.......that small zucchini you left for a day or two to get a little bigger, is now the size of a marrow? This seems to happen to me all the time and I found a big yellow one last weekend, the size of what I imagine to be a large caveman's club. I decided to prepare both a meat stuffing (Moroccan mince) and a vegetarian stuffing (Moroccan veges & cheese) to suit all dietary requirements in the house. The zucchini was sliced in half longways and the different stuffing put in each half, sprinkled with a bit of grated cheese, then baked for 30 minutes. They were both promptly scoffed and I received the 'Nigella Award' that evening. That meal also inspired me to write this blog.
These look fantastic but I have always been afraid that I will compromise my zucchini harvest, so I did some research.
It is the male flowers that are best used for eating as a stuffed flower. These are distinguishable as they grow on a thin stem, whereas the female flowers will develop a fruit. Cut leaving a 1cm stem on the flower. It is best to harvest the flowers at midday as they are very delicate and do not keep longer than a few hours in the fridge, so pick them as close to preparing as possible.
They can be eaten raw or fried or battered and taste faintly of zucchini. The stuffing needs to be something that does not require much cooking if any at all eg. cheese based, pre-cooked mince, grated vegetables as the stuffed flowers are only cooked for a short time.
Who can resist tomatoes harvested from your garden, with that intense flavour that is hard to find in the supermarket (especially when they have been refrigerated). You can stuff them without cooking and my favourites are guacamole, cooked savoury rice or herbed cottage cheese.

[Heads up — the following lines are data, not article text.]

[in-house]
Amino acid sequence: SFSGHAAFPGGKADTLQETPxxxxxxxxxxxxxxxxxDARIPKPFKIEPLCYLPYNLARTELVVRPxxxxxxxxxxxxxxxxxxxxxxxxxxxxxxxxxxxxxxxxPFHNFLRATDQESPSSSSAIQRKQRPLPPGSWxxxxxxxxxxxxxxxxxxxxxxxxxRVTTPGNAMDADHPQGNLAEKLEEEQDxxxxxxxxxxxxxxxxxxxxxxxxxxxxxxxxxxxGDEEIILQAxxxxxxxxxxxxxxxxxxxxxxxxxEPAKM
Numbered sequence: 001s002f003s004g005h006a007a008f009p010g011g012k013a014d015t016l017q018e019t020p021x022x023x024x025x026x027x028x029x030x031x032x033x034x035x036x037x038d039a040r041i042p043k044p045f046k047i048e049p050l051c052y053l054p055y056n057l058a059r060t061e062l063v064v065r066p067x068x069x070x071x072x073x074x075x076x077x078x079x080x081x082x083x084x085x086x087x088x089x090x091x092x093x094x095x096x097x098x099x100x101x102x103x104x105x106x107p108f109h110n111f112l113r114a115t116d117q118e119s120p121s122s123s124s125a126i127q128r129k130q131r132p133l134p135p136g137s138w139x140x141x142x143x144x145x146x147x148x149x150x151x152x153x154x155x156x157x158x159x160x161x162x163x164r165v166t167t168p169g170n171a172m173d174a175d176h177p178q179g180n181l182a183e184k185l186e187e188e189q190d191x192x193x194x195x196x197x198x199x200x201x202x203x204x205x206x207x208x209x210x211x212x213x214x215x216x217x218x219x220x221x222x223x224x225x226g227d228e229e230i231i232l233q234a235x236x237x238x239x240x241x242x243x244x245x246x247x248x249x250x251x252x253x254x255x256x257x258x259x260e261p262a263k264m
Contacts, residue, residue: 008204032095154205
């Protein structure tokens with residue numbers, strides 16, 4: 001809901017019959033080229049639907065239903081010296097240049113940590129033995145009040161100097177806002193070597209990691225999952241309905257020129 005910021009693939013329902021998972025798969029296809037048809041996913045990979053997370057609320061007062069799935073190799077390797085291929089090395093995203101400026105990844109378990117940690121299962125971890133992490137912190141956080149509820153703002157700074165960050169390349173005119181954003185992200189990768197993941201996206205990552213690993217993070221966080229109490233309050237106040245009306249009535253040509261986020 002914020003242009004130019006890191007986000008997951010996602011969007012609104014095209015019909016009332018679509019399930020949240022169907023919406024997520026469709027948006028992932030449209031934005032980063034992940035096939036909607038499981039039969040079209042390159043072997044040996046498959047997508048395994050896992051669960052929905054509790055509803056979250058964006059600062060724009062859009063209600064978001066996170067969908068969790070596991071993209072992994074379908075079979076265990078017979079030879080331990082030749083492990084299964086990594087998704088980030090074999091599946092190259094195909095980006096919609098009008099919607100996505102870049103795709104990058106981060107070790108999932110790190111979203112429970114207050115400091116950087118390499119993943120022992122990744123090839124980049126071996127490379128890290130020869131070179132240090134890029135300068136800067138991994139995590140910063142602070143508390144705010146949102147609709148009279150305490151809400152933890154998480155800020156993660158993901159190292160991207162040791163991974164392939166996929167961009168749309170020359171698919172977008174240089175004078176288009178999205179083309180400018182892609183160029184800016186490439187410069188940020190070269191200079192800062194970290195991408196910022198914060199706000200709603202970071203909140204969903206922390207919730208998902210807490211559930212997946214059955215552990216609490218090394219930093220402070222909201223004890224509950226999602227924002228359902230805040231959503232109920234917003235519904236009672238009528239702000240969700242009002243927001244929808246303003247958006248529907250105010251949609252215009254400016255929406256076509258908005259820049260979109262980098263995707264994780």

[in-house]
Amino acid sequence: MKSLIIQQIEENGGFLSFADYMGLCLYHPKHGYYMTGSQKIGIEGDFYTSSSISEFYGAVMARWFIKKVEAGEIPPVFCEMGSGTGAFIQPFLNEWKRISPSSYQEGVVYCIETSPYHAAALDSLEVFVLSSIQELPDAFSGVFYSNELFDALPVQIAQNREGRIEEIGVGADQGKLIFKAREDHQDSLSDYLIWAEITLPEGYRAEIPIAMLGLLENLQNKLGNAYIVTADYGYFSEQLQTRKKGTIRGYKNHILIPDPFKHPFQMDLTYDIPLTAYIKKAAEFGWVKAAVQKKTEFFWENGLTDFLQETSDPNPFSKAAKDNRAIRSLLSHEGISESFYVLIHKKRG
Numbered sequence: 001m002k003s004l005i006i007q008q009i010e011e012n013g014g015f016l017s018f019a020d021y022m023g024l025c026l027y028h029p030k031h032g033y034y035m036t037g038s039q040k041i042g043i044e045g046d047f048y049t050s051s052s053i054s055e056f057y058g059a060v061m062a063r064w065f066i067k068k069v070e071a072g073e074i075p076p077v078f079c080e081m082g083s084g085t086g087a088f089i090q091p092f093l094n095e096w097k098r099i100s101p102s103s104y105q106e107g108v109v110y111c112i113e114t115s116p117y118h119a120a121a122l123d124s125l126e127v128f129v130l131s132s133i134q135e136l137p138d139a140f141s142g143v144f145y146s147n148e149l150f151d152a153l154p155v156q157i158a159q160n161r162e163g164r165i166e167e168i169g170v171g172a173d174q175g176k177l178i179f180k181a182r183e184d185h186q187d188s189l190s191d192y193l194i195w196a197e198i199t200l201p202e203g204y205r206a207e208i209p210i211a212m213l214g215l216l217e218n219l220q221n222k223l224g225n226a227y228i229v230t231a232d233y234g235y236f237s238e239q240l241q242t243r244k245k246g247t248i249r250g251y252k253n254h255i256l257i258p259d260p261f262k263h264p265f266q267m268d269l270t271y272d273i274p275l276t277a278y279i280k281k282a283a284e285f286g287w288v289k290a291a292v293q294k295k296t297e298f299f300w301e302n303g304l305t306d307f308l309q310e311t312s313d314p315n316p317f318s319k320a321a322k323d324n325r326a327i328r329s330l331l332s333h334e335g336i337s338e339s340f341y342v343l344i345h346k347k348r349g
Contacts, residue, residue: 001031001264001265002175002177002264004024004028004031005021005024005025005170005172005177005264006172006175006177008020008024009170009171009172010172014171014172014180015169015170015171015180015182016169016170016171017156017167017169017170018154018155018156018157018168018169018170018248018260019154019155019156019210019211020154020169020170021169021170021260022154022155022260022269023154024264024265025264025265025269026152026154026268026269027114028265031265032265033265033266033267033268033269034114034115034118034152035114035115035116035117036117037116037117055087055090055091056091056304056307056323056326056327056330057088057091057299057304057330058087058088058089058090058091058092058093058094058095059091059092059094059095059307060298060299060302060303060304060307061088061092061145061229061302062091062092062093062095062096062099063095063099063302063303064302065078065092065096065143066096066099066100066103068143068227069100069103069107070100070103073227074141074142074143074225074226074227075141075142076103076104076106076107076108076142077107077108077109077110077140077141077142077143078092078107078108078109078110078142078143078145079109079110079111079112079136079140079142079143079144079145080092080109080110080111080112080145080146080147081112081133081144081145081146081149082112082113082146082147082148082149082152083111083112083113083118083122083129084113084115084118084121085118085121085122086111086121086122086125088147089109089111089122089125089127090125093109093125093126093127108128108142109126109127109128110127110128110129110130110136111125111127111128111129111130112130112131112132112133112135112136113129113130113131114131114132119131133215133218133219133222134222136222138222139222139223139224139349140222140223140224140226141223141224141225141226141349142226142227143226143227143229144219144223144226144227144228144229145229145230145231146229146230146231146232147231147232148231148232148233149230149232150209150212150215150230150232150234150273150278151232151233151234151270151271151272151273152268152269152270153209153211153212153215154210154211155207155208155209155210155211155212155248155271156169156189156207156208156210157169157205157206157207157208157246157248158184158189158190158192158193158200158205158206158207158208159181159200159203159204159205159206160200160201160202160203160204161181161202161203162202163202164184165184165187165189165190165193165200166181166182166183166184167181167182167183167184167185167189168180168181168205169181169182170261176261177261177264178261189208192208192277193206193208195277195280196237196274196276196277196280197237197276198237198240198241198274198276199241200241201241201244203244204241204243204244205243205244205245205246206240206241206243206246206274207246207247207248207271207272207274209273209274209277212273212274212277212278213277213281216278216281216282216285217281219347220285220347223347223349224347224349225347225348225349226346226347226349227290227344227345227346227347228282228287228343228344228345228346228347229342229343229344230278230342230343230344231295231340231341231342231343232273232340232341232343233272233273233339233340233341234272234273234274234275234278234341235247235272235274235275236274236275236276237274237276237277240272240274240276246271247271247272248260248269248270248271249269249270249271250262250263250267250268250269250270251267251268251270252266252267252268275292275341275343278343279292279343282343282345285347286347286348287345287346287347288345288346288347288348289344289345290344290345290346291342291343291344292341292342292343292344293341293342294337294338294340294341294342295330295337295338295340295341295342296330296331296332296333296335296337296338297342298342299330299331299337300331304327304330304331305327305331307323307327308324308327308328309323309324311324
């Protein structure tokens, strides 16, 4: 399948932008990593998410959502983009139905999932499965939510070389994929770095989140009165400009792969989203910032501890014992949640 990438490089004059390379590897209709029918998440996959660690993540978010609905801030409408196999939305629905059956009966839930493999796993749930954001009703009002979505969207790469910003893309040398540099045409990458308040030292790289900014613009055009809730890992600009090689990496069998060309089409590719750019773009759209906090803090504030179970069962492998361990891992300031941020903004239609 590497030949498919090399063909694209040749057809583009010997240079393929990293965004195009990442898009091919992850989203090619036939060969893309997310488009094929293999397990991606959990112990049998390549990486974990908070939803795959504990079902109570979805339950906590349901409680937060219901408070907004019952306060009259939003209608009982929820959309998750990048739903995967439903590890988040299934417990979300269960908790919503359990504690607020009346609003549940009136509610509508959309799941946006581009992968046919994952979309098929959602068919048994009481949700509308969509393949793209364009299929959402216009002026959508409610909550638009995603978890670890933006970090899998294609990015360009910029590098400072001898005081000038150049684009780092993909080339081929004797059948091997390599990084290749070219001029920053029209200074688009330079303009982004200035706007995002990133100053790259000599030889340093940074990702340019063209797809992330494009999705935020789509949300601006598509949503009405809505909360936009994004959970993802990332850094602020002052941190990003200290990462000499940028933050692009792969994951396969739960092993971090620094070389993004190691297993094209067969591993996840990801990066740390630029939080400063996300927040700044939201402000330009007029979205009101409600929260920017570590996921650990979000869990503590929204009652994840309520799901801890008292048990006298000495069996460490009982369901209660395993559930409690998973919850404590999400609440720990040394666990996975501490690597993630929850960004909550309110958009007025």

If you want to intensify the flavour, bake them in the oven with the stuffing of your choice.
It can be a little more of a challenge to hollow out onions but using a melon-baller as your scoop works really well. Try and leave 2-3 layers if you want to keep them round. Another option is to fill the individual layers as shown in the bottom right picture.
You will find a lot of eggplant in European cuisine and the flesh is great for soaking up the flavours of your stuffing. All the different shapes lend themselves nicely to stuffing and using long strips as a wrap is also an option.
This is a popular vegetable used in Asian cuisine. We sell a lot of seed for the two different varieties we stock being Bitter Greenlife and Sharp Bite.
Are you a big chilli fan? I suppose these are a little more fiddly but they are definitely worth trying. They are always a talking point if you serve them up on an antipasto platter or as a tapa.
I am unsure why we quite often have whole cabbage lurking about in the fridge that has been overlooked but this is definitely a good use of the whole thing before it goes too soft to use. A few different ideas being wraps, layers or whole. I think the savoy cabbages look great with their textured look.
AND THE REST....
There are all the others such as pumpkin, squash, marrow, capsicums, melons. They all make great vessels for your tasty stuffings.
Hopefully these pictures have given you some inspiration and ideas about all the different ways of using your lovely vegetables, including some you hadn't considered stuffing before. Favourite stuffings tend to be based on mince, chopped cooked chicken, bacon, mushrooms, lentils, corn, cheese. Sauces combined with your ingredients will seep into the flesh for a great taste sensation. Finishing touches can be sprinkling with crushed nuts, breadcrumbs, cheese or not at all. Try anything that takes your fancy as the options are endless and it's a great way to use lots of those herbs in your garden too.
We would love to hear about your favourite combos, your experiments and in particular any pictures you have. Go on, give it a go.